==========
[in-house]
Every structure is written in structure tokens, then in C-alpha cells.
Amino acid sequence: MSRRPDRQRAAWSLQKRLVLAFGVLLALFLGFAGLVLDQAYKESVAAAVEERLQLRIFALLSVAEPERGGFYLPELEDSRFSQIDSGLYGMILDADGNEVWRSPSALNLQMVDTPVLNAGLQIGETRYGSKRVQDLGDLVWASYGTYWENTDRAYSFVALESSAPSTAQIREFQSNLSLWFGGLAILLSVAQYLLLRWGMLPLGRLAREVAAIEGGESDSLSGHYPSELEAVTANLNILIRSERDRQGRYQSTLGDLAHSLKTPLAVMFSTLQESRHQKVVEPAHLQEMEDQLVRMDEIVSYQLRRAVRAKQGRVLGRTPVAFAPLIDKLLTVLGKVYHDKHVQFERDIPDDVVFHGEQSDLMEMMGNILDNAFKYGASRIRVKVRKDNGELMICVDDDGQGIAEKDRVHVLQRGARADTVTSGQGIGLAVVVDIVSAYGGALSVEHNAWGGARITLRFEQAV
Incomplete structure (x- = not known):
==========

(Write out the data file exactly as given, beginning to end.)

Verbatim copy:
[in-house]
Every structure is written in structure tokens, then in C-alpha cells.
Amino acid sequence: MSRRPDRQRAAWSLQKRLVLAFGVLLALFLGFAGLVLDQAYKESVAAAVEERLQLRIFALLSVAEPERGGFYLPELEDSRFSQIDSGLYGMILDADGNEVWRSPSALNLQMVDTPVLNAGLQIGETRYGSKRVQDLGDLVWASYGTYWENTDRAYSFVALESSAPSTAQIREFQSNLSLWFGGLAILLSVAQYLLLRWGMLPLGRLAREVAAIEGGESDSLSGHYPSELEAVTANLNILIRSERDRQGRYQSTLGDLAHSLKTPLAVMFSTLQESRHQKVVEPAHLQEMEDQLVRMDEIVSYQLRRAVRAKQGRVLGRTPVAFAPLIDKLLTVLGKVYHDKHVQFERDIPDDVVFHGEQSDLMEMMGNILDNAFKYGASRIRVKVRKDNGELMICVDDDGQGIAEKDRVHVLQRGARADTVTSGQGIGLAVVVDIVSAYGGALSVEHNAWGGARITLRFEQAV
Incomplete structure (x- = not known):